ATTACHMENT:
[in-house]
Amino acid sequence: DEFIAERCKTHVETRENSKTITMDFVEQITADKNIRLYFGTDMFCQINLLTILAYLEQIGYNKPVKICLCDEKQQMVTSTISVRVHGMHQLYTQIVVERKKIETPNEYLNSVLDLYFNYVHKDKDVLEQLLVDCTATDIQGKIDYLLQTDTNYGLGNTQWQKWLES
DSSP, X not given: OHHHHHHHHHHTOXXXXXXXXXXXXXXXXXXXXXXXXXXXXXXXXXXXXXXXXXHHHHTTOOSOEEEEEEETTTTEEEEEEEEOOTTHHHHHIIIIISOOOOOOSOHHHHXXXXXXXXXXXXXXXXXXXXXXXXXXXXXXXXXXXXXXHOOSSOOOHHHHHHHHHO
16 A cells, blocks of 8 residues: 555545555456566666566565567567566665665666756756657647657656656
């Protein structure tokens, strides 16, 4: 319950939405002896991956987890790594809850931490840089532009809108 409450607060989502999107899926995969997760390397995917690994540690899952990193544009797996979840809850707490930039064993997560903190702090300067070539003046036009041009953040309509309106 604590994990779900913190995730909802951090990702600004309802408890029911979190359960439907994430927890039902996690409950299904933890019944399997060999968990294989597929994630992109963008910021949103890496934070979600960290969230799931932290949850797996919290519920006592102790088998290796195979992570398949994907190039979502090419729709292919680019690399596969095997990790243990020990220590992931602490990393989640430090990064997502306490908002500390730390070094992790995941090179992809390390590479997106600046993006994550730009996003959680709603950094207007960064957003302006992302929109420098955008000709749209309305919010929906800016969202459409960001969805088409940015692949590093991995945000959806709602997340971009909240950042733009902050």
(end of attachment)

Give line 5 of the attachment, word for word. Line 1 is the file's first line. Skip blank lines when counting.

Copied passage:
């Protein structure tokens, strides 16, 4: 319950939405002896991956987890790594809850931490840089532009809108 409450607060989502999107899926995969997760390397995917690994540690899952990193544009797996979840809850707490930039064993997560903190702090300067070539003046036009041009953040309509309106 604590994990779900913190995730909802951090990702600004309802408890029911979190359960439907994430927890039902996690409950299904933890019944399997060999968990294989597929994630992109963008910021949103890496934070979600960290969230799931932290949850797996919290519920006592102790088998290796195979992570398949994907190039979502090419729709292919680019690399596969095997990790243990020990220590992931602490990393989640430090990064997502306490908002500390730390070094992790995941090179992809390390590479997106600046993006994550730009996003959680709603950094207007960064957003302006992302929109420098955008000709749209309305919010929906800016969202459409960001969805088409940015692949590093991995945000959806709602997340971009909240950042733009902050």